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Is email a significant part of your practiceâ€™s marketing strategy? If not, you might want to take another look at that strategy.
The key benefit of email marketing is that it is measurable.
If you’re looking to buy a luxury car, and receive an email that promotes pickups and SUVs, how helpful will that email be? Not very, and chances are you might not even open it, and eventually that type of email will wind up in your Junk folder. But done well, email can be an important component to an overall marketing strategy and provide a high return-on-investment.
According to a survey by MarketingSherpa, email is a consumers preferred communication method, chosen by 60 percent of respondents, compared to only 20 percent who chose social media, and 17 percent who chose text messages.
Mitch Lapides, president and CEO of FulcrumTech, an email marketing agency, is not surprised by the results. He does not believe email is being ignored as an important marketing tool. The problem, however, is that it’s often not used effectively.
“You can’t just get a Constant Contact account and off you go,” Lapides says. “It’s just not that straight forward.”
Lapides explains that just because a dental practice sends out 20,000 emails doesn’t mean it’s effectively reaching 20,000 current or potential patients. With a growing number of businesses using email marketing, email service providers are using algorithms to examine how recipients interact with your email. In other words, are people clicking on and opening the email? If not, those emails will eventually be labeled and placed in the Junk Box.
“The more engagement you get and the better your emails are, the more likely they’re going to end up in the inbox,” Lapides says. “If you keep sending emails without really good permission-based practices, the more cluttered someone’s inbox gets with stuff they don’t want to see.”
Lapides says that in order to be effective with permission marketing it needs to be anticipated, personal and relevant. Too often, small businesses—and he includes dental practices in that category—buy a list and start emailing. More often than not, he says, that effort will not be a positive return-on-investment venture.
“Is [the email] anticipated?” he asks, rhetorically. “Nope. They did not anticipate an email from you. Is it personal? Nope, because they don’t know you. And is it relevant? Probably not. So you’re violating the three most basic tenets of effective permission marketing by buying lists.”
Done well, email can have a very positive impact on your practice’s bottom line. Studies indicate that every dollar spent in the U.S. on email marketing has a return-on-investment of $44.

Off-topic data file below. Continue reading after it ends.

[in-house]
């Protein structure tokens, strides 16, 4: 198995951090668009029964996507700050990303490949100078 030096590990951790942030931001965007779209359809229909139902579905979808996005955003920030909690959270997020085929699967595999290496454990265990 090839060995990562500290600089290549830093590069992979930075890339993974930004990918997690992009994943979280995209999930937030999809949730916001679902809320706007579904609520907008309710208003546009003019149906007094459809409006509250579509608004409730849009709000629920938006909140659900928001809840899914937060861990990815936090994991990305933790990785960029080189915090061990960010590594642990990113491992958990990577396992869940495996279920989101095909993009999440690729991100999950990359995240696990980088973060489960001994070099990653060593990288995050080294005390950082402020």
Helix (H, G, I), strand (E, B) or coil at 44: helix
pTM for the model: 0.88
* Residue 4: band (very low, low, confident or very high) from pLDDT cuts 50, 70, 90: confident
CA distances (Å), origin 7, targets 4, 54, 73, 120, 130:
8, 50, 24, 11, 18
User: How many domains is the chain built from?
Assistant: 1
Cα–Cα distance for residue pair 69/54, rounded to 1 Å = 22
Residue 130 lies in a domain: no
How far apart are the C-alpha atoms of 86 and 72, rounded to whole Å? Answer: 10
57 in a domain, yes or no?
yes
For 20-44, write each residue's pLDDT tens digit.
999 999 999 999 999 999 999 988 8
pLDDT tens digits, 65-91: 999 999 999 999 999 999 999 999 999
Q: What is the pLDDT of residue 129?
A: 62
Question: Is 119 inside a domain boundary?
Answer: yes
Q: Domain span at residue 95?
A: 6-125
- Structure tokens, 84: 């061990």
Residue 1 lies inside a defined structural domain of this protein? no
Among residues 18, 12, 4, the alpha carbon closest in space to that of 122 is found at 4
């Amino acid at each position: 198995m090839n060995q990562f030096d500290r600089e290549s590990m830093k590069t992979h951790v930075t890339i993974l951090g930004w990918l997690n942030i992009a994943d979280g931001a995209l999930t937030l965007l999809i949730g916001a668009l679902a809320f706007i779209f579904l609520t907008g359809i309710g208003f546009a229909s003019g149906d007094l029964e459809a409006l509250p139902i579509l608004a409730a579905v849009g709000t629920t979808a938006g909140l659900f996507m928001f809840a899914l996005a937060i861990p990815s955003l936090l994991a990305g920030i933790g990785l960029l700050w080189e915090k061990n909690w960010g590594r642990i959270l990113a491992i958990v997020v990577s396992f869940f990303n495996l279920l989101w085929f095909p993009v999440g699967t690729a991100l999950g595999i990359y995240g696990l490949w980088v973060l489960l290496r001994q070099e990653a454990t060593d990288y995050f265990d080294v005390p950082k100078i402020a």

“You won’t find much out there that is more cost effective than email from a dollar standpoint,” Lapides says.
Lapides says one of the key benefits of email marketing is that it’s measurable. You can measure open rates—how many people open or view a particular email—and click through rates—the ratio of users who click on a specific link to the number of total users who view an email.
“If you’re trying to sell something or have people schedule an appointment, these are all things you can and should measure,” he says. “You can see what’s resonating, and then use that for feedback into what you do next.”
Dental practices are not in the email marketing business, Lapides readily acknowledges, so it’s unlikely an entire department is dedicated to doing email marketing. That’s fine, he says. It’s not important to hit on every cylinder at once. Start by identifying the challenges or goals the practice has, such as too many no-shows, or patients not being compliant.
“Put together a campaign map, a visual depiction of all the emails you should have in your program,” Lapides says. “Sit down with your staff, talk about the challenges, and then highlight the ones that are Priority One, Priority Two, and so on. Walk before you run.”
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A good place to start developing or refining an email marketing campaign is with your practice’s website. What kind of content is resonating on the website? Prospective patients may be checking you out, wanting to learn about you but not ready to pick up the phone and schedule an appointment.
“They may just sign up for a white paper,” Lapides says. “You can follow up by sending them three emails as part of a welcome campaign. That’s part of building trust, confidence, and credibility with prospective patients.”
And for current patients, there are nurturing emails—the ones sent in between appointments to encourage good oral health habits.
“Now you’re helping with retention as well,” Lapides says. “You’re not only trying to stay in front of people in a very helpful way, but you’re reminding them that it’s time for their six-month visit.”